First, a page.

Girl Power Super Party


To celebrate Mothers’ Day, my mom and I went to a Girl Power Super Party. Girls on the Run of Puget Sound throws these incredible bashes twice a year. I’m sure you’re imagining fundraising galas or volunteer appreciation events, but the Girl Power Super Party isn’t about adults: it’s an integral part of the program. It’s also known as the Girls on the Run 5k.

Feel like a bait and switch? A run (rain or shine) doesn’t sound like a Super Party to you? I can see where your trepidation comes from, but the Girls on the Run 5k really is one of the best parties of the year. Here’s why:

1. It’s multi-generational

I thought being a running buddy with my mom would be fun because it would mean three generations of women would be outside, supporting each other, and running together: my mom (the boomer), myself (the millennial), and the girls we were assigned to run with (3rd through 5th graders). I didn’t realize that the girls would bring their entire families. The girl I ran with had her mom, her dad, her grandma, her uncles AND her baby cousin there to cheer her on.

Powerful Voices’s Girlvolution conference got me thinking about how important intergenerational partnerships are to youth development. Adult allies supported teen girls who crafted and delivered presentations on issues they care about. The girls were insightful and eloquent, and the adults in the room had to sit back, rather than telling the youth what to do.

Girls on the Run 5k created a similar environment for elementary school aged girls: It brought many generations together to support girls in tackling a challenge they have been preparing to take on for months. The adults saw what the girls were capable of, and the girls got support as they achieve their goals.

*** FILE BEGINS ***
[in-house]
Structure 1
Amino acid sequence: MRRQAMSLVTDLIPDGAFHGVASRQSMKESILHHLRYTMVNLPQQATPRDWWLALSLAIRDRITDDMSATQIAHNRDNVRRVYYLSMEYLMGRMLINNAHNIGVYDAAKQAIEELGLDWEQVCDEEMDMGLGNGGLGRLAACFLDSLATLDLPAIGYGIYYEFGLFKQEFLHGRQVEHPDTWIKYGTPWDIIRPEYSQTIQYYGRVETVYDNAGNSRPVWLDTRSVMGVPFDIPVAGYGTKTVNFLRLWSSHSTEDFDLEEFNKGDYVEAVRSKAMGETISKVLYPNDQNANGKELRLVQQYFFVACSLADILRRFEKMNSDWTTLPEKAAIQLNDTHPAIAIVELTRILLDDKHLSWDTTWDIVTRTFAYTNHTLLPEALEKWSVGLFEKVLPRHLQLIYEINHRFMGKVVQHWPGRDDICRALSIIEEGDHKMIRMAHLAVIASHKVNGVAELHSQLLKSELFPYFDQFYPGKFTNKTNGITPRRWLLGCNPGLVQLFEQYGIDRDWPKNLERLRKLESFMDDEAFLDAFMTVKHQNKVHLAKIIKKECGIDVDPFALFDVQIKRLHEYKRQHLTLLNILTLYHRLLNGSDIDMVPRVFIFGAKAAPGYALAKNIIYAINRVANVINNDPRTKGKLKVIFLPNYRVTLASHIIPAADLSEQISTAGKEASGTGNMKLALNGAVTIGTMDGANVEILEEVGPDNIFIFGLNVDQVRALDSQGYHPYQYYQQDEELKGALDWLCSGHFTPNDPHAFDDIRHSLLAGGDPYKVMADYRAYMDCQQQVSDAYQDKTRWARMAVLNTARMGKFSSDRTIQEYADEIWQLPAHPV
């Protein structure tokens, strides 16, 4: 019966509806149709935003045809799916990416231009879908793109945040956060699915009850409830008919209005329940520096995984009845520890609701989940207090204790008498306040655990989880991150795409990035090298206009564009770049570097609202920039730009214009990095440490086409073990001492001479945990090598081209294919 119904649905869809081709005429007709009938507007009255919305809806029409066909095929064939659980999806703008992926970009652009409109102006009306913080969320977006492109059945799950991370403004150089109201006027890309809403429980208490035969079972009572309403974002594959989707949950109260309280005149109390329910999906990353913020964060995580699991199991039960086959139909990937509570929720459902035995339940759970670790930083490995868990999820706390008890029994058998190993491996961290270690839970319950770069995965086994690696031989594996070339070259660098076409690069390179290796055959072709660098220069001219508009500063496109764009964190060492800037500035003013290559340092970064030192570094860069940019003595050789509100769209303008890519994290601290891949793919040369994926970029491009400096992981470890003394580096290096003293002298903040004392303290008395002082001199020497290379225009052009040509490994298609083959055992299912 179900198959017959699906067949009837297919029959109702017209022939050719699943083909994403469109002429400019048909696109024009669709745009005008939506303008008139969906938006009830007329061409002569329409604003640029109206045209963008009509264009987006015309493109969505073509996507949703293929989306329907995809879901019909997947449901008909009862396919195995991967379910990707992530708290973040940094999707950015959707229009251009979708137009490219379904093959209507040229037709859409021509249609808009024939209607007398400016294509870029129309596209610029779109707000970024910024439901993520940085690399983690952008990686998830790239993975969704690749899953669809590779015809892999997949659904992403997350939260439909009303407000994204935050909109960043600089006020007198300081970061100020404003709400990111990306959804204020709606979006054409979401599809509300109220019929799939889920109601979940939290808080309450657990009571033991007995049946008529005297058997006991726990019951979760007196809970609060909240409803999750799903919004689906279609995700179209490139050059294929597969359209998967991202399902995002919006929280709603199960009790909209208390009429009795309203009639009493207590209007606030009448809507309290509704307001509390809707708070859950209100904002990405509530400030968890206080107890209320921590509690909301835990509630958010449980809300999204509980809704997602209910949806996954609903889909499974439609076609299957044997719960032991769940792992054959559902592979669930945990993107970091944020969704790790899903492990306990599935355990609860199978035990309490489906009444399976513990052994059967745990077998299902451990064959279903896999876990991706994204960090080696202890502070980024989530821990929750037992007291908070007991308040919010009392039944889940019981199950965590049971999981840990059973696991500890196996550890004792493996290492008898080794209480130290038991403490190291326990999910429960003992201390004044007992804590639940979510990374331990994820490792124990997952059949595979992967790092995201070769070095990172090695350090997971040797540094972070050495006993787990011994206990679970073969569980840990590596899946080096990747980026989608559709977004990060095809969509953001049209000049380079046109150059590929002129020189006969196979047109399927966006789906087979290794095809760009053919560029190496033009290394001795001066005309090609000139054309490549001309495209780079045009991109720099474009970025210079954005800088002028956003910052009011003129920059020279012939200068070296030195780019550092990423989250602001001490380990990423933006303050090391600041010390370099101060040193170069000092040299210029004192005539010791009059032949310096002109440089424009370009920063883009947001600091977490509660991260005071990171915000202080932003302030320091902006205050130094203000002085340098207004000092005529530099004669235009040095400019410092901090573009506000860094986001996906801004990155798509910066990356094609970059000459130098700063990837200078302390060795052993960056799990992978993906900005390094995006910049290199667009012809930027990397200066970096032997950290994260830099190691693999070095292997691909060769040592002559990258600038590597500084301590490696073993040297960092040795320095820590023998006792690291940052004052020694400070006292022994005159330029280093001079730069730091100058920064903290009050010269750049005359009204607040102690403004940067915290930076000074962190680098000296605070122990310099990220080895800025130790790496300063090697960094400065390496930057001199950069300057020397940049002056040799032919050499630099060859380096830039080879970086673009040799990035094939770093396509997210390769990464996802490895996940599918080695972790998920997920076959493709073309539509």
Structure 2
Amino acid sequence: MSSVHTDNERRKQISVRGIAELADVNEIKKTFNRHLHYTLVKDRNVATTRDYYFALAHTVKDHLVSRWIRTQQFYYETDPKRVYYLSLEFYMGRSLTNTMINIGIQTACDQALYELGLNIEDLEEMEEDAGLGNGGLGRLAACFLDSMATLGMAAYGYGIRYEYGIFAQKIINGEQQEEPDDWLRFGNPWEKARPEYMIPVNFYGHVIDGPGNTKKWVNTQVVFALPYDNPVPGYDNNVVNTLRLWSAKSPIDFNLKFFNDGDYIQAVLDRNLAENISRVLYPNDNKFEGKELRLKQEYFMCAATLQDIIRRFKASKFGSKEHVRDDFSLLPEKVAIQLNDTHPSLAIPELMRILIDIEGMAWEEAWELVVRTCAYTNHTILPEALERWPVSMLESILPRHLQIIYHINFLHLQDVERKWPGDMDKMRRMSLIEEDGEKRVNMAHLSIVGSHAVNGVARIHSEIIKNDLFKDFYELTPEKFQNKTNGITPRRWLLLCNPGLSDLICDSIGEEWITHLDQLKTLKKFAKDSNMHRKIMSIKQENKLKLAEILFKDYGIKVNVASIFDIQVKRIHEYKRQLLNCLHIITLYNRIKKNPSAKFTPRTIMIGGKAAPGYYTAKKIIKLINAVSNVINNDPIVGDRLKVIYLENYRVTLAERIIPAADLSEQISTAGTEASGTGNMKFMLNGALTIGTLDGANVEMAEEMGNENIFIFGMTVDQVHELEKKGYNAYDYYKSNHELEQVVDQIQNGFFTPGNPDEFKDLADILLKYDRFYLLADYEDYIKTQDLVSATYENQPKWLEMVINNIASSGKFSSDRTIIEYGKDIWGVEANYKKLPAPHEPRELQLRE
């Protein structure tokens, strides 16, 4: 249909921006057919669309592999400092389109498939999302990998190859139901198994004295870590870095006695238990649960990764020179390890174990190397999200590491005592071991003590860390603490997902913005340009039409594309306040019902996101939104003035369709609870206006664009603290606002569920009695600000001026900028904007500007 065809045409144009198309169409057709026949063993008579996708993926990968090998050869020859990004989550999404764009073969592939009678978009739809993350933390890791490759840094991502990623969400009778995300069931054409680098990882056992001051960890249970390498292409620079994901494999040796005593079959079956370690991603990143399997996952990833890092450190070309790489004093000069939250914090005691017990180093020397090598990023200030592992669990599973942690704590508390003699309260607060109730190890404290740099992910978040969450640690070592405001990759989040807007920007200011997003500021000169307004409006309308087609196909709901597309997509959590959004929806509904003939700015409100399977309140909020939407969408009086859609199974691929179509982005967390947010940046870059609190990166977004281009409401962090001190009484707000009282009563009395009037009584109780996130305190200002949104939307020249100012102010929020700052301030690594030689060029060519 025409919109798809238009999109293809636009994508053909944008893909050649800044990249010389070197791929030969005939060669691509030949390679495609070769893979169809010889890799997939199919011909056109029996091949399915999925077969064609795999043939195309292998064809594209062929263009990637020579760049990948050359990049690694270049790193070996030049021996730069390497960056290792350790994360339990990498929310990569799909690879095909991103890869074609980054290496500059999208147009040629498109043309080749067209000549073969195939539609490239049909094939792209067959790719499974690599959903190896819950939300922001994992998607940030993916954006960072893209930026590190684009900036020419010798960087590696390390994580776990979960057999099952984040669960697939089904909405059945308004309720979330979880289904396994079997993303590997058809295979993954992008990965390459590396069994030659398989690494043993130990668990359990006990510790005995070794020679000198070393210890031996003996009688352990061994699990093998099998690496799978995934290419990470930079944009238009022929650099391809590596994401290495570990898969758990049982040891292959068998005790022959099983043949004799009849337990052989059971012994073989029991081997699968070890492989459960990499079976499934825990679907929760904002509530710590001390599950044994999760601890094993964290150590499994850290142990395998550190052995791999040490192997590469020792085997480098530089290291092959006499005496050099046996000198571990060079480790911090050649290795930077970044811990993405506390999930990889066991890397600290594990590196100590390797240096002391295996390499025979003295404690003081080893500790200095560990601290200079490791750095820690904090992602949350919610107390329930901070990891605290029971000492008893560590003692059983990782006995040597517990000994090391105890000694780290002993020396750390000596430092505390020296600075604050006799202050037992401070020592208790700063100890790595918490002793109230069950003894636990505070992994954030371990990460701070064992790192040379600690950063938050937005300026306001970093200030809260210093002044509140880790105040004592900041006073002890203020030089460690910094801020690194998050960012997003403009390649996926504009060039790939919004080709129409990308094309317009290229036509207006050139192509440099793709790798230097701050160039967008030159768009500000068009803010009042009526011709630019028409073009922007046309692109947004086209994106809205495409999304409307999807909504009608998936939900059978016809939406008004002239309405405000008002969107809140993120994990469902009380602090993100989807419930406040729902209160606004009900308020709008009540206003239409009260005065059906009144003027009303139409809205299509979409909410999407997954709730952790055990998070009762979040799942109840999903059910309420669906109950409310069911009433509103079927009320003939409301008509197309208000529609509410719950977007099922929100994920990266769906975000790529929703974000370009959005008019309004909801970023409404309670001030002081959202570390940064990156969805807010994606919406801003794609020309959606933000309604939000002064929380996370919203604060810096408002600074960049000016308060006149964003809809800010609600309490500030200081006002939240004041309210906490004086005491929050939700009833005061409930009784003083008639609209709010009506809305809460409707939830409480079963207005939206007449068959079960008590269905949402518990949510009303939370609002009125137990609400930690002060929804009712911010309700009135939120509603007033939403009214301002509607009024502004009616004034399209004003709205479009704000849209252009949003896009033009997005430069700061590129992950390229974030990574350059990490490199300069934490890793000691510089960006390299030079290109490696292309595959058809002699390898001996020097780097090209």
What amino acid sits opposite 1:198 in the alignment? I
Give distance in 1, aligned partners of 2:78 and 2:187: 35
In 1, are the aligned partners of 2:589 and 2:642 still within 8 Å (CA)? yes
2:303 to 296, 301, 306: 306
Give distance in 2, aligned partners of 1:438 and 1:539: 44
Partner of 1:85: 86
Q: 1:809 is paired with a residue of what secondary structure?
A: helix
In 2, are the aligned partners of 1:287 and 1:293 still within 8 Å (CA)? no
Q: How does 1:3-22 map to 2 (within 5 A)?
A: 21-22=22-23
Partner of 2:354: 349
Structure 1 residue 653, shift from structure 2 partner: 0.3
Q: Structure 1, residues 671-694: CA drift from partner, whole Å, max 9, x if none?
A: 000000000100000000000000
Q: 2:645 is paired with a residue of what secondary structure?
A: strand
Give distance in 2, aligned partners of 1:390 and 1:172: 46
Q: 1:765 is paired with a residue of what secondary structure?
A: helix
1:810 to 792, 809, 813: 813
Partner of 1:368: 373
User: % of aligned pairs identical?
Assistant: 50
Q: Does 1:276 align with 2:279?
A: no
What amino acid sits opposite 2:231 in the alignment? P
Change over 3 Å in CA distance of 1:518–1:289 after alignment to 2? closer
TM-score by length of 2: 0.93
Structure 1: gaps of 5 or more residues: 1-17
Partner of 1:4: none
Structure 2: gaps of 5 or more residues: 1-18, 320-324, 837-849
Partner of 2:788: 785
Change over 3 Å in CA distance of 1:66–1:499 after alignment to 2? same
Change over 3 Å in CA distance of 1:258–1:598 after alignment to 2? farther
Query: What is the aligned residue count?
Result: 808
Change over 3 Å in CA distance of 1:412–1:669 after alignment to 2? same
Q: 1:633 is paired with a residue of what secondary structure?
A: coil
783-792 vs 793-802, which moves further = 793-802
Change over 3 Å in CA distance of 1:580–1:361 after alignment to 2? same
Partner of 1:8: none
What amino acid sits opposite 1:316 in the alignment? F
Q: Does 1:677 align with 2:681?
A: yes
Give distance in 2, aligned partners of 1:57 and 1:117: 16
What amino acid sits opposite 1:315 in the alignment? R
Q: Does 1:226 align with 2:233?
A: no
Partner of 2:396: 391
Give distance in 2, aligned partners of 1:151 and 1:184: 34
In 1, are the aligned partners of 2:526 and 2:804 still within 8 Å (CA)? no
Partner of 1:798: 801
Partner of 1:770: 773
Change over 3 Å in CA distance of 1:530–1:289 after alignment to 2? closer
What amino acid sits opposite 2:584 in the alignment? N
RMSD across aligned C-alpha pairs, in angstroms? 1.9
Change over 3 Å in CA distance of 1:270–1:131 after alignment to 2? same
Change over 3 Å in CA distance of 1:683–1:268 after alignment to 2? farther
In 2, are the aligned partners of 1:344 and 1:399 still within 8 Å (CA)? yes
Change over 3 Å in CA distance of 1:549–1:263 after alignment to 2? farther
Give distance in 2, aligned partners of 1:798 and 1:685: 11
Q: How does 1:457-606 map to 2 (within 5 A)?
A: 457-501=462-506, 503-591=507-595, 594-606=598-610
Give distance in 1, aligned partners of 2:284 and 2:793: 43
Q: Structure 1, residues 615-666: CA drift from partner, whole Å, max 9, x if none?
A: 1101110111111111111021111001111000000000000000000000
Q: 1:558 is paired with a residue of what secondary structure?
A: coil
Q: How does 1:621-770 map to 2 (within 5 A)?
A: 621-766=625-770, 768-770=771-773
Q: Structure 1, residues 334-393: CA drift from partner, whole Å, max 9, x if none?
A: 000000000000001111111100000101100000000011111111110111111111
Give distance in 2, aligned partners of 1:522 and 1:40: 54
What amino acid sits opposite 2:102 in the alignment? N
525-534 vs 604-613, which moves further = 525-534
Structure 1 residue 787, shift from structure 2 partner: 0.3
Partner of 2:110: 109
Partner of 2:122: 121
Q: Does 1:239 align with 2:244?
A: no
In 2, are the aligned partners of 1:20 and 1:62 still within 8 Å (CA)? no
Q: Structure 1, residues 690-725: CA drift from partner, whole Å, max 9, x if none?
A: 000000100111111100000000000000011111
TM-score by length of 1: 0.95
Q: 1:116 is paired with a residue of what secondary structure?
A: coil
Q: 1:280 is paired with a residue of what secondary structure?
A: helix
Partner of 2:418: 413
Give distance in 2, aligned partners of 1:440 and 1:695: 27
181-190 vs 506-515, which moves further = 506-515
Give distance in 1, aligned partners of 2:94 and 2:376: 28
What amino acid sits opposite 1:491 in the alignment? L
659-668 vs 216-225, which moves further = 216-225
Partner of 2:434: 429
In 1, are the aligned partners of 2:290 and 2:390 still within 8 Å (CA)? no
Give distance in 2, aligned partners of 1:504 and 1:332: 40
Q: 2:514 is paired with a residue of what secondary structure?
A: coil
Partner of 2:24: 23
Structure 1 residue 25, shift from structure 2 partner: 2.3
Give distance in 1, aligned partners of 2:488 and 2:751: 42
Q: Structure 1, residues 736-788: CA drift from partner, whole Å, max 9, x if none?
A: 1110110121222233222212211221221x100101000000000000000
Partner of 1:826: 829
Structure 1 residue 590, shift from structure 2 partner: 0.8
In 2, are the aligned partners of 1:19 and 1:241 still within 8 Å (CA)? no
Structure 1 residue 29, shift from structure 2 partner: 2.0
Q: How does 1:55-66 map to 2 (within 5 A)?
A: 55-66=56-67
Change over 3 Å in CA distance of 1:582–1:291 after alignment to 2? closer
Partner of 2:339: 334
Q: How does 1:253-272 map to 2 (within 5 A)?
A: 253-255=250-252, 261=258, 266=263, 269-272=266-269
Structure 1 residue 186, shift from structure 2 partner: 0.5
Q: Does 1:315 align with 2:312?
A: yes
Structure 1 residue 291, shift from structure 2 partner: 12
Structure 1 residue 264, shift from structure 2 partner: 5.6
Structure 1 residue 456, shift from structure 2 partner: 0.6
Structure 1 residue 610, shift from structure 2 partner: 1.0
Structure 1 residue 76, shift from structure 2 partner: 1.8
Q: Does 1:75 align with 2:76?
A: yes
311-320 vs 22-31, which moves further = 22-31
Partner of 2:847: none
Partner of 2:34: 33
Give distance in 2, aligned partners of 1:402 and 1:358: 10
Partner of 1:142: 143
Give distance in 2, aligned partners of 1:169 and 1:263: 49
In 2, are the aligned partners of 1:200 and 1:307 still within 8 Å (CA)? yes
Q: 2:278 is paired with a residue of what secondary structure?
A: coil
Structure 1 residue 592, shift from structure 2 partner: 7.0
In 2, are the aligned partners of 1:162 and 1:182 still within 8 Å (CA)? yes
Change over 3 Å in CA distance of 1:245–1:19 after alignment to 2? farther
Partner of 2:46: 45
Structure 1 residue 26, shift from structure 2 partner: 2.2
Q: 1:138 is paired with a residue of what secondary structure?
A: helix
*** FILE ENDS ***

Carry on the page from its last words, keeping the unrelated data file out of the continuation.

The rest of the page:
2. It involves the whole community. 

Magnuson Park was absolutely packed with families, girls, volunteers, dogs, and runners. Anyone can sign up for the 5k as a runner, anyone can cheer a girl on, and being a Running Buddy is one of the easiest, most-rewarding volunteer experiences out there.

The amazing thing is that Girls on the Run doesn’t just welcome everyone from our diverse community, it invites them in. Looking around before the run started, I was amazed by the diversity of the participants, families, and volunteers. I have spent A LOT of time studying the demographic make-up of King County, and (with no statistisc to back me up) I can say that this event looked like it reflected the diversity of the community. This is a HUGE win.

3. Girls are at the Center

When two girls got up on the stage after the race and started dancing, no one shoo’ed them away. I watched as more and more girls climbed up to join them until the stage was full of girls from a variety of schools dancing the Cupid Shuffle and singing “Let It Go” from Frozen. The adults watched in awe as the girls rocked out.

The entire event was geared toward celebrating girls. Athleta had a station for families to make signs to support their runners, a sorority did a crazy hair station that left girls beaming, and families lined the start and finish lines to create a tunnel of cheering fans. How often are third and fourth grade girls truly at the center of anything? At a Girl Power Super Party, they are the stars.

If you missed Saturday’s 5k, do not despair! The next Girl Power Super Party is just around the corner (well, in December) and there will be lots of ways to participate. Girls on the Run needs Coaches, Running Buddies, and On-Call Volunteers to make the party happen. If you want a taste of the fun (and you can’t wait until December) you can join SoleMates: their running and philanthropy club for adults.

However you decide to get involved, I hope to see you in December at the next Girl Power Super Party!


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